• + "I am the Servlet of <i>" + _login+ "</i><br/>"

  • + "I was initialized at " + _initTime.get(Calendar.HOUR_OF_DAY)

  • + ":"+ _initTime.get(Calendar.MINUTE)

  • + ":"+ _initTime.get(Calendar.SECOND)

  • + "</h2></body></html>"); }}

Calls the method getInitParameterdefined within the ServletConfig interface implemented by HttpServletclass

Loading a Servlet on Startup

  • A Servlet is usually loaded when it is first being called

  • You can set Tomcat to load a specific Servlet on startup in the Servlet declaration inside web.xml

  • More on this in when we Tomcat in depth…






You can use this element to set the loading order of those servlets which are loaded on startup

Destroying Servlets

  • The server may remove a loaded Servlet, Why?:

    • asked to do so by an administrator (e.g. Server shutdown)

    • Servlet was idle for a long time

    • server needs to free resources

  • The server removes a Servlet only if all threads have finished or a grace periodhas passed

  • Before removing, calls the destroy()method

    • can perform cleanup, e.g., close database connections

  • Is it possible for the Servlet to end without its destroy being called?

    • You can do it if you kill the process explicitly

Thread Synchronization

  • Multiple threads are accessing the same Servlet object at the same time

  • Therefore, you have to deal with concurrency

  • init() and destroy()are guaranteed to be executed only once (before/after all service executions)

Introduction to JSP

Many HTML Pages are Mostly Static

  • Servlets allow us to write dynamic Web pages

    • Easy access to request, session and context data

    • Easy manipulation of the response (cookies, etc.)

    • And lots more...

  • It is very inconvenient to write and maintain long and mostly static HTML pages using Servlets (even though such pages are very common)

    out.println("<h1>Bla Bla</h1>" + "bla bla bla bla" + "lots more here...")

Introducing JSP

  • The Idea:

    • Use HTML for most of the page.

    • Write Servlet code directly in the HTML page, marked with special tags.

  • The server automatically translates a JSP page to a Servlet class and the latter is actually invoked

    • In Tomcat 5.5, you can find the generated Servlet code under $CATALINA_BASE/work/

  • A JSP is no more than a very (very) convenient way to write servlets which output textual data.




  • Servlets: HTML code is printed using Java code

  • JSP: Java code is embedded in HTML code

  • Not only for HTML! JSP can be used for any textual format. Servlets can be used for any data!






<title>Hello World</title>



<h2><%= new java.util.Date() %></h2>

<h1>Hello World</h1>



Open the generated Java code







Generated Servlet Hierarchy(Tomcat 5.0 Implementation)



Abstract class extended by every generated Servlet

Read more about Apache HttpJspBase Class

JSP Limitations and Advantages

  • JSP can only do what a Servlet can do

  • Easier to write and maintain HTML

  • Easier to separate HTML from code

  • Can be created using a "reverse engineering technique":

    • Create static HTML and then replace static data with Java code

JSP Life Cycle

JSP Life Cycle

The following table describes the life cycle of JSP generated Servlet in details:

Translation & compilation only after first call…

JSP Life Cycle

Server restarted

Page modified

Page first written

Written by Marty Hall. Core Servlets & JSP book:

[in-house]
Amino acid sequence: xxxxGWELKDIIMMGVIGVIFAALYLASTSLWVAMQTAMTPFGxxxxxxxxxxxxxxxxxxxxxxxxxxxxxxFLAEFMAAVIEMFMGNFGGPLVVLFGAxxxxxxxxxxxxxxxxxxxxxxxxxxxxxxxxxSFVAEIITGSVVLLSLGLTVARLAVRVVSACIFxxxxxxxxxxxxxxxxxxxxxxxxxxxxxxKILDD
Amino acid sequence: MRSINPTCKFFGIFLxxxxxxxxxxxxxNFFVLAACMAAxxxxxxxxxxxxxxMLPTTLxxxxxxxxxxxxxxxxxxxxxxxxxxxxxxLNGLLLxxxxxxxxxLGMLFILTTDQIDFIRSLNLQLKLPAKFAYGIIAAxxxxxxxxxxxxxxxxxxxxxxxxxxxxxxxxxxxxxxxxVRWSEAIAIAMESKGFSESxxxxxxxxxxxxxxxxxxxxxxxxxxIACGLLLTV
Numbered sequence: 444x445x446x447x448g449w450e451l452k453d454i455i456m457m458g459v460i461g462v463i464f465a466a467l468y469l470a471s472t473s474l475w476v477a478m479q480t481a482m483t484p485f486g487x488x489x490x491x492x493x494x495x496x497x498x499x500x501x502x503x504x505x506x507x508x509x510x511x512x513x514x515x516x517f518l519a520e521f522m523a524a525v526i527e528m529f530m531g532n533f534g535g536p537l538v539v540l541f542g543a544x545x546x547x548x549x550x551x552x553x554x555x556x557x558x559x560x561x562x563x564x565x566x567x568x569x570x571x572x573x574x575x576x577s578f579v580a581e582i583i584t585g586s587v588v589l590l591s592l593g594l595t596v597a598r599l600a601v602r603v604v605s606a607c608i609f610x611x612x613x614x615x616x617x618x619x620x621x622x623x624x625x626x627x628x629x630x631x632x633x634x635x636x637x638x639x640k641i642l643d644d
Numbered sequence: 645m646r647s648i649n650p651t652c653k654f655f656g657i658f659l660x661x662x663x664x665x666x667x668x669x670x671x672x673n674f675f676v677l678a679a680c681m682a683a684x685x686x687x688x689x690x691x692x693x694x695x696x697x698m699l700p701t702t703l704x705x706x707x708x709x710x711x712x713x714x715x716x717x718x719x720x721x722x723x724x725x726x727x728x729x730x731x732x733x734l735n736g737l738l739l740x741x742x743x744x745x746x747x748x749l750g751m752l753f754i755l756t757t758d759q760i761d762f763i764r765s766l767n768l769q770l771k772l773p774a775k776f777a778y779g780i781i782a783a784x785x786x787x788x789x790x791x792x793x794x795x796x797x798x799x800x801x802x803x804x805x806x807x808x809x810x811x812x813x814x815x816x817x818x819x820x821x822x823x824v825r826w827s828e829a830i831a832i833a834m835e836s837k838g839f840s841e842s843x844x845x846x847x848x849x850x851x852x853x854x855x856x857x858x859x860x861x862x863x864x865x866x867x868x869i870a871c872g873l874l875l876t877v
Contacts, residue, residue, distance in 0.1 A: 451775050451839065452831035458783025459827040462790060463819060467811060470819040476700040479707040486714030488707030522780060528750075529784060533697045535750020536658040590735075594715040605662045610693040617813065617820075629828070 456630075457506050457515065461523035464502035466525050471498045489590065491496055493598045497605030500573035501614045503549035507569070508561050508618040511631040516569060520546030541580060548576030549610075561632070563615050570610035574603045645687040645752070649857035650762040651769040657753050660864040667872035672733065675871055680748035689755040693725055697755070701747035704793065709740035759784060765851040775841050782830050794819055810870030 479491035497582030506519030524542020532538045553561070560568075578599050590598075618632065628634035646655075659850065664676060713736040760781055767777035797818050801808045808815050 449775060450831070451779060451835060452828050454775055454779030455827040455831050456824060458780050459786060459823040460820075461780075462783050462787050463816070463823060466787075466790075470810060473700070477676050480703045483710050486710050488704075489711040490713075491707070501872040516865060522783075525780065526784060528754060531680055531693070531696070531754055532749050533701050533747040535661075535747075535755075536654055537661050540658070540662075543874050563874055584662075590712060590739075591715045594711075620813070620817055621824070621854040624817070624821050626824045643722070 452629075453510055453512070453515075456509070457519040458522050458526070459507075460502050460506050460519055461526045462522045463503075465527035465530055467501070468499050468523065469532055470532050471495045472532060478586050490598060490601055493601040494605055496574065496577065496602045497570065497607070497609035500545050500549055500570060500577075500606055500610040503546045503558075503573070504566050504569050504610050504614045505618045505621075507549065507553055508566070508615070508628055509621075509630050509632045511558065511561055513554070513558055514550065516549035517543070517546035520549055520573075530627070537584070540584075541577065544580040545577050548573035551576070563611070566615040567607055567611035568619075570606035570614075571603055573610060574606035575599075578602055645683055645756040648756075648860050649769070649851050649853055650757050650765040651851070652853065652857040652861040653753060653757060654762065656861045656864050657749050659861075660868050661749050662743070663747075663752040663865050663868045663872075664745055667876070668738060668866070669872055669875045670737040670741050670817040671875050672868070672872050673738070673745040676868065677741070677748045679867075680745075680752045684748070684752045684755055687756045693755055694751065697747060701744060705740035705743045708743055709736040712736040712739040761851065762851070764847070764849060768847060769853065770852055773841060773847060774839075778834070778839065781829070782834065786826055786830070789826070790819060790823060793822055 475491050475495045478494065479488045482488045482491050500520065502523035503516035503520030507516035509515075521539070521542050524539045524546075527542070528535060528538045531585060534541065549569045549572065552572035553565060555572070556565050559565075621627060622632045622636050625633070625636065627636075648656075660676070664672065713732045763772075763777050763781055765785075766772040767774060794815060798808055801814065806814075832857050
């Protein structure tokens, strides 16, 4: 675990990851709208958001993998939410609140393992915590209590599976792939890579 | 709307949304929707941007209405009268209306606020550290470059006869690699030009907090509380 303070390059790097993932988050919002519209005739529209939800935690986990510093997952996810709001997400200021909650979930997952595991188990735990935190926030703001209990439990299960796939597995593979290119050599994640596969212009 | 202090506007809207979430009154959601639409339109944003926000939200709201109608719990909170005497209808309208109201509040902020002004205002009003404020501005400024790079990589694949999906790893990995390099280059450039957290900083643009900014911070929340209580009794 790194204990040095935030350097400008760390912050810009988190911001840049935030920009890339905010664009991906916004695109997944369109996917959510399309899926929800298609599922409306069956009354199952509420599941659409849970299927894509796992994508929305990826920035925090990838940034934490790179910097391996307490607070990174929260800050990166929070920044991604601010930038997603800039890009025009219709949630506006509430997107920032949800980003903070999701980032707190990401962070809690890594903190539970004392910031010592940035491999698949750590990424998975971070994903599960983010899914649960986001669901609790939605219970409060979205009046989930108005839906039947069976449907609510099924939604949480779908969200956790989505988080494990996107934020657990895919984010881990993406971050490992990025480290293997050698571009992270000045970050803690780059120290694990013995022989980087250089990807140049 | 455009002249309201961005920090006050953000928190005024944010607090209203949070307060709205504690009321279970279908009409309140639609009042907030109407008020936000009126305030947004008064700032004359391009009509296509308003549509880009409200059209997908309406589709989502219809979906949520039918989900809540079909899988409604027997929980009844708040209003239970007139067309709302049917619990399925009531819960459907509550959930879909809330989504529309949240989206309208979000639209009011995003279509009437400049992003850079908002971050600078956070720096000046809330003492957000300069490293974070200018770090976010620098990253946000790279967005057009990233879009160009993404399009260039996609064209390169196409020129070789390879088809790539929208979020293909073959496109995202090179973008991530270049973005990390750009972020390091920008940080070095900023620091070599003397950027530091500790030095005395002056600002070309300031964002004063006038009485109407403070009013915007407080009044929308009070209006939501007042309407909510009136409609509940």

JSP Translation

JSP file named file.jsp will be translated into the Java file

  • When the JSP file is modified, JSP is translated into a Servlet

    • But only after the JSP’s url is requested by the client

    • Application needs not be reloaded when JSP file is modified

  • Server does not generate the Servlet class after startup, if the latter already exists and isn’t too old

    • Generated Servlet acts just like any other Servlet

  • The generated servlet can handle GET, POST, HEAD requests though it does not implement doGet(), doPost(), doHead() explicitly

    • Its Servlet.service() method calls the newly implemented main method named HttpJspBase._jspService()

init() and destroy()

  • init() of the generated Servlet is called every time the Servlet class is loaded into memory and instantiated

  • destroy() of the generated Servlet is called every time the generated Servlet is removed

  • The latter two happen even if the reason is modification of the JSP file

jspInit and jspDestroy

  • In JSP pages, like regular Servlets, we sometimes want to implement init and destroy

  • It is illegal to use JSP declarations to override init or destroy, since they are (usually) already implemented by the generated Servlet

  • Instead, override the methodsjspInit() and jspDestroy()

    • The generated servlet is guaranteed to call these methods from init and destroy,respectively

    • The standard versions of jspInit and jspDestroy are empty (placeholders for you to override)

Thread Synchronization

  • After the Servlet is generated, one instance of it serves requests in different threads, just like any other Servlet

  • In particular, the service method (_jspService) may be executed by several concurrent threads

  • Thus, like Servlets, JSP programming requires concurrency management

Basic JSP Elements

A Quick Reference to JSP Elements

Basic Elements in a JSP file

  • HTML code: <html-tag>content</html-tag>

  • JSP Comments: <%-- comment --%>

  • Expressions: <%= expression %>

  • Scriptlets: <% code %>

  • Declarations: <%! code %>

  • Directives: <%@ directive attribute="value" %>

  • Actions: <jsp:forward.../>, <jsp:include.../>

  • EL Expressions: ${expression}

Covered Later...

JSP Expressions

  • A JSP expression is used to insert Java values directly into the output